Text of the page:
When legendary science fiction writer Harlan Ellison died on June 27 at his home in Los Angeles, the Chicago Tribune and many other media outlets featured his obituary, but none of them mentioned the fact that he once lived in Evanston. Perhaps that is because Mr. Ellison hated Evanston so much he quickly left it twice. He was miserable in his short time in Evanston (in 1959-60 and again in 1961), and his first two marriages fell apart here.

In April 1959, Mr. Ellison was released from the Army after spending two years as a draftee, and he needed a job. Famed Evanston publisher William Hamling, who had founded Greenleaf Publishing with his wife Frances in 1950 in their basement at 1426 Fowler Ave., hired Mr. Ellison and brought him to Evanston to run his men’s magazine, Rogue.

Mr. Hamling had turned down Hugh Hefner’s offer to become a half-partner in what became Playboy magazine. Realizing his mistake, Mr. Hamling created a Playboy imitator in 1955 and called it Rogue. By 1958, it was enough of a success for the Hamlings to move to Highland Park and shift Rogue to a one-room office at Dempster Street and Sherman Avenue. There, Mr. Ellison wrote stories for Rogue and also hired Lenny Bruce and Alfred Bester to write columns. Mr. Ellison also edited Mr. Hamling’s new racy book-publishing line called “Nightstand Books,” which published Mr. Ellison’s early book (written under a pseudonym) called “Sex Gang.” But Mr. Ellison hated Mr. Hamling and hated his life in Evanston.

Mr. Ellison recalled, “It was a rotten time of life for me; I’d divorced Charlotte; I was working for a publisher I despised; and I was hanging out with a lot of collegiate mooches from Northwestern. And I hadn’t written a book in a while.”

Mr. Ellison wrote, “I didn’t drink or do dope, but I started trying to wreck myself in as many other ways as I could find. Endless parties, unfulfilling sexual liaisons with as many women as I could physically handle every day, dumb friendships with leaners and moochers and phonies and emotional vampires, middle-class materialism that manifested itself in buying sprees that clogged my Dempster Street apartment with more accoutrements and sculpture and housewares than the [expletive] Furniture Mart could hold.”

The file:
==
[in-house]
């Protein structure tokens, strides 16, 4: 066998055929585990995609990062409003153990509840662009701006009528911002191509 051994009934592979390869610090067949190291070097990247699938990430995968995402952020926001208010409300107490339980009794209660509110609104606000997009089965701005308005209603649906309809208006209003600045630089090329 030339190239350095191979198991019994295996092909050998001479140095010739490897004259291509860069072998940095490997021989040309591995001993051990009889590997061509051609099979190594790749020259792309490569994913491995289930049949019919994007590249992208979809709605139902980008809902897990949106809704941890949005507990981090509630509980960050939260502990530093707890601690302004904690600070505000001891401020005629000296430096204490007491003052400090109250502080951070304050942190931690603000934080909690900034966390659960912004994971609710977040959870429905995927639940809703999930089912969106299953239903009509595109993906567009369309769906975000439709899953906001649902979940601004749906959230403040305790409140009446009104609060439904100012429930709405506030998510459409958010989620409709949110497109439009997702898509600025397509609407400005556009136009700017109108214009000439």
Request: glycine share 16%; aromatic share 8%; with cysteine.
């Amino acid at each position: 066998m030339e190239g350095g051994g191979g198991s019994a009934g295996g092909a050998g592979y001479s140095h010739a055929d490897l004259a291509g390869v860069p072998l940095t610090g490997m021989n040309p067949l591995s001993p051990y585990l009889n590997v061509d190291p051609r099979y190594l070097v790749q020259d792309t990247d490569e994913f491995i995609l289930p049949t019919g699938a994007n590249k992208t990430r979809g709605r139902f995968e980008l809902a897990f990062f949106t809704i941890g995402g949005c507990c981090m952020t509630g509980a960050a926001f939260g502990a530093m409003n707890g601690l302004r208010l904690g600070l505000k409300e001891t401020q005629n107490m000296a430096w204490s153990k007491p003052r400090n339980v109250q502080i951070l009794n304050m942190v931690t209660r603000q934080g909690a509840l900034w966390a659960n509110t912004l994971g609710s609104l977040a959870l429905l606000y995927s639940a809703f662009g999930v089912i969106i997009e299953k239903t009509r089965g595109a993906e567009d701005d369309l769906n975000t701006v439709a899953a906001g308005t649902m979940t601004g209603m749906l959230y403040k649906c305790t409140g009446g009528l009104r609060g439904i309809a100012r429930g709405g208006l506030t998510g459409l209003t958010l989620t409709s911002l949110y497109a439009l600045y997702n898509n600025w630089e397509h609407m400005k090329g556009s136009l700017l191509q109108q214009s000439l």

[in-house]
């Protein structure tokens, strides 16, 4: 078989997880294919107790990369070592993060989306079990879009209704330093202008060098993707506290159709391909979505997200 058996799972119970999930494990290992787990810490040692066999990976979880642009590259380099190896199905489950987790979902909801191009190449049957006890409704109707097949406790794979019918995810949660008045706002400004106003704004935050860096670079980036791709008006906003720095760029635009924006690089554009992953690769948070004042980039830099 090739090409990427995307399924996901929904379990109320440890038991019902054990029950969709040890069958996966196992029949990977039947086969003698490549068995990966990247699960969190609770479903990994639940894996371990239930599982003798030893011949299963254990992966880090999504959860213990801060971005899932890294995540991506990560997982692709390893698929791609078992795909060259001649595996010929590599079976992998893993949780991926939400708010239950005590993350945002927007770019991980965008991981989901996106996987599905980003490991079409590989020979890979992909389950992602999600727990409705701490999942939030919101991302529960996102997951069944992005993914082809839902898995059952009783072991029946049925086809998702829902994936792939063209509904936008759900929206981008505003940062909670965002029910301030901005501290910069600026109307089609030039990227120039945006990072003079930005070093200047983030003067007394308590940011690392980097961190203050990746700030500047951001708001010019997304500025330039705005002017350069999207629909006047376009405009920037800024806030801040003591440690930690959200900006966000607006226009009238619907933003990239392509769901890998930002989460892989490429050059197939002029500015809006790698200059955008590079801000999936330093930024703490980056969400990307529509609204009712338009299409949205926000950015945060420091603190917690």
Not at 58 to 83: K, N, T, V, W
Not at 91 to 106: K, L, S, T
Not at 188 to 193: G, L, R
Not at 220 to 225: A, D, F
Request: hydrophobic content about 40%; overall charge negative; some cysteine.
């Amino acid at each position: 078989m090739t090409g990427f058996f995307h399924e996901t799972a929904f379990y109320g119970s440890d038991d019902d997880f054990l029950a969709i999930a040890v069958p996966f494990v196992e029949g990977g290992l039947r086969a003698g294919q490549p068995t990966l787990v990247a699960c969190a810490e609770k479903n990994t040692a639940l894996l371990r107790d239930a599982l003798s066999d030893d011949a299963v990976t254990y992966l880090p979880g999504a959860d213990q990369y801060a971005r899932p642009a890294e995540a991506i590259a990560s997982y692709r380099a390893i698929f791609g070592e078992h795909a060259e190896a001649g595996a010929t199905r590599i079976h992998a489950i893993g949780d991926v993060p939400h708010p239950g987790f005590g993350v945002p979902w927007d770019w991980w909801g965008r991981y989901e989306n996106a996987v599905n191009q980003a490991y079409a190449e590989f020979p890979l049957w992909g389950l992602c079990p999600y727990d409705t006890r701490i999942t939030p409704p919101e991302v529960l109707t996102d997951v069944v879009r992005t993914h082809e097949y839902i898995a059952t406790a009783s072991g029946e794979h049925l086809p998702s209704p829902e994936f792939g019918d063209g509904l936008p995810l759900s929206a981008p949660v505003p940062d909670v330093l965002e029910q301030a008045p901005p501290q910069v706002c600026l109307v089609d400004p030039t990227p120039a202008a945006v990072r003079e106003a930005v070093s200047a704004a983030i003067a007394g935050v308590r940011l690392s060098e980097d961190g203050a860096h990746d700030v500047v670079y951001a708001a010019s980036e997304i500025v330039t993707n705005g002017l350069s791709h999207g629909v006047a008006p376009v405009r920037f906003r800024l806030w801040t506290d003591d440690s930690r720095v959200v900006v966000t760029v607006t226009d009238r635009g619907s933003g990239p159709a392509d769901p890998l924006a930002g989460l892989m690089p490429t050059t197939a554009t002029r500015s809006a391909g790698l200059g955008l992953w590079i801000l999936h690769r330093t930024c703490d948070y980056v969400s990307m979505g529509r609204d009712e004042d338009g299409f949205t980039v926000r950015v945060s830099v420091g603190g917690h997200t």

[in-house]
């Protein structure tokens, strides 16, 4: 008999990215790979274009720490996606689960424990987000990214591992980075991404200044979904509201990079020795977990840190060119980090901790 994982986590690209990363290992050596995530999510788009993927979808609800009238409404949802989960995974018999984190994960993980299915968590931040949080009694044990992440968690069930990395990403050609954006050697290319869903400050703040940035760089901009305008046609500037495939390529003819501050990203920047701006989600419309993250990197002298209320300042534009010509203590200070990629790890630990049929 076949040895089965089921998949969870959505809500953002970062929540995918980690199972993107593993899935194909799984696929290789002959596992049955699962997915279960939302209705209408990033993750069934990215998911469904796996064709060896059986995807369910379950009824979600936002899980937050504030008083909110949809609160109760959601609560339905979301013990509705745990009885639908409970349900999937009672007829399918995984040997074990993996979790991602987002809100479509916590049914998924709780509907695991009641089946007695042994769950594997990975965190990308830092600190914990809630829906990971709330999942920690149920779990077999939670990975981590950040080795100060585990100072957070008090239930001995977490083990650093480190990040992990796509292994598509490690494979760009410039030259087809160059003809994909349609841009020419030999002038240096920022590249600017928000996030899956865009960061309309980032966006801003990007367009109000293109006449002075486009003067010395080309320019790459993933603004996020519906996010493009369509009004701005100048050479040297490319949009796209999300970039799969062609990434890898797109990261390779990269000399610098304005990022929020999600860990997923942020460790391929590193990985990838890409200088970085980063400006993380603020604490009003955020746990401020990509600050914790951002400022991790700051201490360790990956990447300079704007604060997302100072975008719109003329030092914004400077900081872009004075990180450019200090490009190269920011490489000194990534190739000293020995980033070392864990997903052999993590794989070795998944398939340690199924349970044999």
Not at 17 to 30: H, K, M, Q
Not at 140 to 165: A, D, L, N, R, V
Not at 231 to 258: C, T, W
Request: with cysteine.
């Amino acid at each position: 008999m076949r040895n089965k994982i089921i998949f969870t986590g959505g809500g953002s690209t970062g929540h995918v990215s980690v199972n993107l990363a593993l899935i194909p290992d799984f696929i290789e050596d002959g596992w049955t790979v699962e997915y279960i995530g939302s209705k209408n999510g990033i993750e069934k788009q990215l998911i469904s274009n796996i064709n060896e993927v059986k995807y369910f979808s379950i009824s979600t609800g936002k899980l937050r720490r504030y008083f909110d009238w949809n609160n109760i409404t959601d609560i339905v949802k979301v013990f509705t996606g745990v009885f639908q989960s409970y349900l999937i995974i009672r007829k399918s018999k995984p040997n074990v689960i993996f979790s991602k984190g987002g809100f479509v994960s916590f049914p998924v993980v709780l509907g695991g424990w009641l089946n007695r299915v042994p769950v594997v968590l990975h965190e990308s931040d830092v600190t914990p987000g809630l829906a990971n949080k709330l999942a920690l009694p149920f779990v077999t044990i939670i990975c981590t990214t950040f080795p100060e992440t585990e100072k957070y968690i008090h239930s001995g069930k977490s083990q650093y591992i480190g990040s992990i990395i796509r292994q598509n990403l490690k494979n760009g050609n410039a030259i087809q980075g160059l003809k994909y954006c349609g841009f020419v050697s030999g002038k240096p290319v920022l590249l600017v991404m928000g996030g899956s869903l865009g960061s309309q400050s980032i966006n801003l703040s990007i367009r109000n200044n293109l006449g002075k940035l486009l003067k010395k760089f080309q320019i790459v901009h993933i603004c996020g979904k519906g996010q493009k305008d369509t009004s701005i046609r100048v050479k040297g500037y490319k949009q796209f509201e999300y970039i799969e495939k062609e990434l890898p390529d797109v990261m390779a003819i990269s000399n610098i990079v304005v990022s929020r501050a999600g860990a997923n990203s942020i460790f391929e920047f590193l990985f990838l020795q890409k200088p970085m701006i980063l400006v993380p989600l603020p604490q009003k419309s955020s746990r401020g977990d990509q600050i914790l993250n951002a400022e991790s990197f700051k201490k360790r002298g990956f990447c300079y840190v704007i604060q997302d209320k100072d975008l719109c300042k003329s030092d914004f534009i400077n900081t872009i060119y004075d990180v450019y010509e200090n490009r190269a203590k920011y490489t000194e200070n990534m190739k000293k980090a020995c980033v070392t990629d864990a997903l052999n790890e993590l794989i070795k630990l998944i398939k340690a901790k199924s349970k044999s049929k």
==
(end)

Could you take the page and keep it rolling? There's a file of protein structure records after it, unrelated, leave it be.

Mr. Ellison remembered that his friend Frank M. Robinson “saw that I was going down the toilet. And one night, in the middle of a party at my home on Dempster Street, filled with freeloaders and adolescents whose names I barely knew, Frank grabbed me by the collar and pulled me into the big walk-in pantry, and he put me against a cabinet and looked into my idiot face, and he said, ‘You’re turning to [expletive], kiddo. This isn’t your way of living. You know even half those creeps out there, breaking up your furniture and puking on your carpet? Get back to the writing. It’s the only thing that will save your ass.’ And I threw them all out, and I went into my office, and I sat down at my Olympia manual office machine [and] I started writing ‘Spider Kiss,’” one of Mr. Ellison’s early novels.

Mr. Ellison soon left Evanston behind, returning to New York in 1960. But by 1961, he had remarried and needed money, and Mr. Hamling was able to entice Mr. Ellison to return to Evanston to edit a new line of edgy, mainstream, high-priced (50-cent) novels called Regency Books, which published books about incest, homosexuality, race, religion, drugs and corruption under the slogan, “Regency Books Mean Controversy.” Regency eventually published Mr. Ellison’s Gentleman Junkie and “Memos From Purgatory,” along with works by notable writers such as Robert Bloch, Algis Budrys and Lester del Rey.

It is not clear why Mr. Ellison hated Mr. Hamling so much, but he did reveal one anecdote: “I’d banked on selling a book of stories to the very man for whom I was working. He took considerable pleasure in waiting till we were at a business lunch, with several other people, to announce he was not buying the book. (The depth of his sadism is obvious when one learns he subsequently did buy and publish the book.)”

Mr. Ellison recalled, “It was as though someone had split the earth under me and left me hanging by the ragged edge, by my fingertips. I went back to the tiny, empty office he had set up in a downtown Evanston office building, and I sat at my desk staring at the wall.” He noted, “Soon after, I left Evanston and Chicago and the human monster.”

“I was too deep in my own grief at that time, and I didn’t have much pity left for anyone but myself,” Mr. Ellison recounted later. “I decided I not only had to divorce my second wife but had to flee Chicago-Evanston entirely.”

As Evanston author Jay Bonansinga, one of Mr. Ellison’s friends, put it in an obituary: “Ellison was the Jackson Pollock of anger and the Henny Youngman of veracity.” Mr. Ellison may have hated his short time in Evanston, but it helped establish his credentials as an innovative writer and editor in the early stages of his career.